Tag Archives: Little Golden Book

Poetry for Christmas

Before I could read I owned a picture book which looked like a Little Golden Book, but might have been published by a different company.  It was an illustrated version of the lullaby, “All the Pretty Little Horses.”  I begged my mother to read me that book every night, wanting to re-imagine all the different colors of horses.

A couple of years later, my mother gave me my first volume of poetry for Christmas, called Sung Under the Silver Umbrella.  I treasured that book, even through the middle-school years when my friends made fun of poetry.  I still have the book.  For years I felt as if the book were my own little secret–that it had a readership of one, and that I was alone in the world with the poems.IMG_5338

Imagine my surprise to learn that one of Sylvia Plath’s favorite childhood books was the same one I loved This book was first published for children in 1935, when Plath was three years old.  When I got it, the book had been out for a full generation.

The poetry in this book isn’t very edgy by today’s standards.  There isn’t even any Shel Silverstein in it.  But it’s still a great foundation for building a poetic life.  Here’s a sample from the book:

***

GENERAL STORE

Some day I’m going to have a store

With a tinkly bell hung over the door,

With real glass cases and counters wide

And drawers all spilly with things inside.

There’ll be a little of everything;

Bolts of calico; balls of string;

Jars of peppermint; tins of tea;

Pots and kettles and crockery;

Seeds in packets; scissors bright;

Kegs of sugar, brown and white;

Sarsaparilla for picnic lunches,

Bananas and rubber boots in bunches.

I’ll fix the window and dust each shelf,

And take the money in all myself,

It will be my store and I will say:

“What can I do for you to-day?”

Rachel FieldIMG_5341

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Filed under Creative Nonfiction, Memoir, Poetry

Through the Woods in My Cape

Since I’m the new kid in town, I was thrilled to get an invitation from LouAnn at her blog, On the Homefront , to attend her Virtual Christmas Party on December 15.  Ok, I admit it: it’s true that she’s invited virtually everyone (or everyone virtual).  But I choose to think of it as a personal invitation since I enjoy her blog so much.  We’re simpatico (says me) since we share the name Luanne (which technically is the correct spelling, but please don’t mention that to LouAnn).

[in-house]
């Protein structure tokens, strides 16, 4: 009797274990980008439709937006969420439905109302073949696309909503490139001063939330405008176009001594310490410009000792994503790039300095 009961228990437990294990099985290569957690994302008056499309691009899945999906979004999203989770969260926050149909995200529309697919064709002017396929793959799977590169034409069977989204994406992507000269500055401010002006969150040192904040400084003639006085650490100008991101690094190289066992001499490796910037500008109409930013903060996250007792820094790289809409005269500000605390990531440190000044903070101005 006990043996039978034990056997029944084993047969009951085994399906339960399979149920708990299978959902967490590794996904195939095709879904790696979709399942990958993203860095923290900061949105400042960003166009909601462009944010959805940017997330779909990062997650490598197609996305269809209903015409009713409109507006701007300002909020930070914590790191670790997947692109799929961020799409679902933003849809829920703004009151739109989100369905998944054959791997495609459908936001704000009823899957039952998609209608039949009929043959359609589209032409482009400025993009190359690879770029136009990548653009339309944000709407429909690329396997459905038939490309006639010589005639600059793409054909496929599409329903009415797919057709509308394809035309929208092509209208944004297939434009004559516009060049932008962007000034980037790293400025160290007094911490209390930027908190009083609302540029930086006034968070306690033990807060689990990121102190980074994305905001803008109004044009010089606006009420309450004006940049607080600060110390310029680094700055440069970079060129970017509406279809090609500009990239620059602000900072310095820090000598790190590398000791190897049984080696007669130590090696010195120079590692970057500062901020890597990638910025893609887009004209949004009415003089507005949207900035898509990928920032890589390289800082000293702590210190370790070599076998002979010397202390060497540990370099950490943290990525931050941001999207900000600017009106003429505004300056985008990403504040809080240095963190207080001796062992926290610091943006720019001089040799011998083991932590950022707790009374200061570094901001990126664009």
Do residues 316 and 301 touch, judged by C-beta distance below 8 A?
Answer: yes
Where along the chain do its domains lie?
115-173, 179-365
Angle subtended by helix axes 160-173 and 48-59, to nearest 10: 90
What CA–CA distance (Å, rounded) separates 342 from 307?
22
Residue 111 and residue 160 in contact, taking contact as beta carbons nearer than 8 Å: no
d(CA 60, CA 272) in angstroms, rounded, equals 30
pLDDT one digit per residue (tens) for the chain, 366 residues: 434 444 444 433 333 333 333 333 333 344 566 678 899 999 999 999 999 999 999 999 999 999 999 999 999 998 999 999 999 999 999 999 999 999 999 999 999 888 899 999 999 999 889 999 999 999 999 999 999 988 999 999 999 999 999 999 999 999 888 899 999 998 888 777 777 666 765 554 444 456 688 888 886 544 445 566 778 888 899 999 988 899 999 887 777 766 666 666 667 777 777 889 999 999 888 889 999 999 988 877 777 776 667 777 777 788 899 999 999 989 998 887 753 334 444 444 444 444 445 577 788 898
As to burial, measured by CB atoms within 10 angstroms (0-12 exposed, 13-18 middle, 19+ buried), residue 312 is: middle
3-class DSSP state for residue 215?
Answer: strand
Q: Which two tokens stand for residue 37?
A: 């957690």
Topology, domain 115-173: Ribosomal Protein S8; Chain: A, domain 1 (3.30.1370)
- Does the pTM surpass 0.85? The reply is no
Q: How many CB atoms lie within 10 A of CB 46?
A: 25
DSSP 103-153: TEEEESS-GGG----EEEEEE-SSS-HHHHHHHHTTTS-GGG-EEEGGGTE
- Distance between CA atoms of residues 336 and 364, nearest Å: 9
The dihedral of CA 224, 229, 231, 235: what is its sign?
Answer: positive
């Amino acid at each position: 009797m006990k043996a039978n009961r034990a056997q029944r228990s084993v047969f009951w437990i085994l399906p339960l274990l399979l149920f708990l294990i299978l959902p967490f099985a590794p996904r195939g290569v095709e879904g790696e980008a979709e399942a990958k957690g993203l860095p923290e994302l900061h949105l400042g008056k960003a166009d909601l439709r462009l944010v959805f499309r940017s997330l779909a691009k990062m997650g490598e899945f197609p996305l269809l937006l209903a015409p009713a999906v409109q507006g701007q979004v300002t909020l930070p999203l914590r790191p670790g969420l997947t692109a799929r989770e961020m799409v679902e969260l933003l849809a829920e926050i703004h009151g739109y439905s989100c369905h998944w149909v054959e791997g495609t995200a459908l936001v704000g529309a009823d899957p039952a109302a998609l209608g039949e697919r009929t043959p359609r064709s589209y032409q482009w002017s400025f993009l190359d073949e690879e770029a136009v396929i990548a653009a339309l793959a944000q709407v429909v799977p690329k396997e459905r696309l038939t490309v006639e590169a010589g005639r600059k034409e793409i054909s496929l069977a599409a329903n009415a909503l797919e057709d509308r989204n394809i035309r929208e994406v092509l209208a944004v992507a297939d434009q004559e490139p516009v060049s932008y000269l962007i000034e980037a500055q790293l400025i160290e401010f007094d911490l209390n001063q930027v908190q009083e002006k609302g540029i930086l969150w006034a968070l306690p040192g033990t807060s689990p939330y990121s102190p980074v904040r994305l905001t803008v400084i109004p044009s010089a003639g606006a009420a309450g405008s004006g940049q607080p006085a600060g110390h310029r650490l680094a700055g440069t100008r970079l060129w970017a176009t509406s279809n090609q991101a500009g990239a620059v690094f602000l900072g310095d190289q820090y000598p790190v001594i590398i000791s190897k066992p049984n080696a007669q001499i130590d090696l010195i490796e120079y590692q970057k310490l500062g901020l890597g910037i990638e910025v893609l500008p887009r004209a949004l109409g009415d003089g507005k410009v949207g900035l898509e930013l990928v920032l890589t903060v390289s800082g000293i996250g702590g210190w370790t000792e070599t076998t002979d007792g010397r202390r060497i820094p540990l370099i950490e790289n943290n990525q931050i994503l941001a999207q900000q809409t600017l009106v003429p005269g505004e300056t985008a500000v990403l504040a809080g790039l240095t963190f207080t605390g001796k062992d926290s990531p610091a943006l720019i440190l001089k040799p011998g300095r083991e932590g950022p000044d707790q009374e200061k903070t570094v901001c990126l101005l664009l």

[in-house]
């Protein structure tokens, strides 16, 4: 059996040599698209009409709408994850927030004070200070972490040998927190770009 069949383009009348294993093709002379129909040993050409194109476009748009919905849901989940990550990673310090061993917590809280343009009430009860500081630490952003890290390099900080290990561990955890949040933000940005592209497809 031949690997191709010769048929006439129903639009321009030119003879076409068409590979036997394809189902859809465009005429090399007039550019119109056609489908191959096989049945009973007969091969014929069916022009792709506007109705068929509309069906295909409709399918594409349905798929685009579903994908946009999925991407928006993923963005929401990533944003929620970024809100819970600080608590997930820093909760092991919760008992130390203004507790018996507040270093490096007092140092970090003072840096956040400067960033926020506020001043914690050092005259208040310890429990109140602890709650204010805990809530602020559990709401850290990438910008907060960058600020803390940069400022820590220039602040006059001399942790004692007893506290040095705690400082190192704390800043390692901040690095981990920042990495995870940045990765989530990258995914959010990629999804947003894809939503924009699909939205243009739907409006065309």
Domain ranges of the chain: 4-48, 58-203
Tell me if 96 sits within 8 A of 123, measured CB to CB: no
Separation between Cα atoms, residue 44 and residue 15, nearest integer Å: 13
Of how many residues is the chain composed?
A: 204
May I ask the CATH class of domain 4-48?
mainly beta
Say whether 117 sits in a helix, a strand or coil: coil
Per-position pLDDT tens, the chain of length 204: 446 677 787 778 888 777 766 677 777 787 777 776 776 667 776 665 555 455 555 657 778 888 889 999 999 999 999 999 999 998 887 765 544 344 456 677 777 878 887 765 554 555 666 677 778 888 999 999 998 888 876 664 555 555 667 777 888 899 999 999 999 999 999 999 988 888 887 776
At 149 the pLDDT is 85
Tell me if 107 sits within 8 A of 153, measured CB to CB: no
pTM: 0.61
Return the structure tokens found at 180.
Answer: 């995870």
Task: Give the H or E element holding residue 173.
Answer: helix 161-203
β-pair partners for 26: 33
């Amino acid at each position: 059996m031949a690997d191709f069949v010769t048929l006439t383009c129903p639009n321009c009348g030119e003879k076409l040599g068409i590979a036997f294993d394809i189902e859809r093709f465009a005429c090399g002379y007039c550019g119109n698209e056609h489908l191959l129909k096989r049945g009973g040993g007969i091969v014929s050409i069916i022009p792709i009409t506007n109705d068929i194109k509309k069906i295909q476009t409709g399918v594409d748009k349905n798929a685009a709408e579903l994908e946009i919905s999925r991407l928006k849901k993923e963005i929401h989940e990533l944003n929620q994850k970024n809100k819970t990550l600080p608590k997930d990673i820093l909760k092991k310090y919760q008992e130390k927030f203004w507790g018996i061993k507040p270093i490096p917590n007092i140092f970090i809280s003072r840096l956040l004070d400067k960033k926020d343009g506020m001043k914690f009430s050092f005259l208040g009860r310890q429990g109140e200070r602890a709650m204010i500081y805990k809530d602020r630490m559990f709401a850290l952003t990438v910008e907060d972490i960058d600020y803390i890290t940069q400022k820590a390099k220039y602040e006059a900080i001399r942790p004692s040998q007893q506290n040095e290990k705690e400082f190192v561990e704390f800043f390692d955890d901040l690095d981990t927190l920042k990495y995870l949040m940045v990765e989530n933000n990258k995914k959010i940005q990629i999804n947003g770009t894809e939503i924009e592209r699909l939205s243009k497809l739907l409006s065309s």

Party-goers are to come as their favorite author or character from a book.  We’re to bring a 1970s appetizer and a song request selected from specific artists.  As if I were planning a costume for a costume party, I’ve been obsessing over my masquerade identity for days.

It didn’t take me long to realize I want to attend as Little Red Riding Hood.  She’s my writing alter ego.  I figured this out after reading Tristine Rainer’s Your Life as Story.  In this fabulous book on writing memoir, Rainer describes how each writer (read: person) inherits a myth which forms a pattern for her own life.  It’s our duty as writers to understand this and not to get trapped in old patterns to the extent that we follow them to an unhappy conclusion.

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I could see right away, that though I was the princess who felt the pea under 4,000 mattresses and feather beds when I was a kid and Cinderella when I married a rescuing prince, my main storyline has been that of Little Red.  In my journeys as Red, I have travelled from the family home back to my grandmother’s home to save grandmother from her own sad story.  I’ve dodged the wolf many times.  There are hundreds of Little Red versions around the world, and they all have different endings.  I like that Little Red–whether she gets eaten, kills the wolf, or saves her siblings—remains tough and spunky.

Little Red is the pattern for my memoir Scrap.  In this first draft of my book the narrator describes this connection: “This past year, a girl in my kindergarten class had brought her doll for Show and Tell.  The little cloth Red Riding Hood was three dolls in one.  When you turned Little Red upside down, you pulled her skirt over her head, and on the other end you got Granny.  When you took off Granny’s cap and turned her around, it was the Wolf’s face on the reverse of Granny’s.  The difference between Granny and the Wolf was like the difference between Dad’s two sides.  I, of course, was Little Red Riding Hood.”

Facsimile 3-character doll: Little Red and Grandmother

3-character doll: the wolf

Facsimile 3-character doll: the wolf

For years I collected Little Red dolls, without understanding why.  When I taught college-level children’s literature, we read and compared many versions of the fairy tale.  I’m not sure if Red’s story became mine because reading the Little Golden Book version was one of my earliest memories, although it’s certainly possible.

What I do know is that I won’t be attending LouAnn’s party as Nancy Drew or Judy Bolton, as Catherine Earnshaw or Lucy Snowe, as Emily Dickinson or Muriel Rukeyser.  I’m going as Little Red Riding Hood and if my cape and hood look particularly Christmassy, that will just be the frosting on the Christmas cookie.

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Filed under Creative Nonfiction, Memoir, Memoir writing theory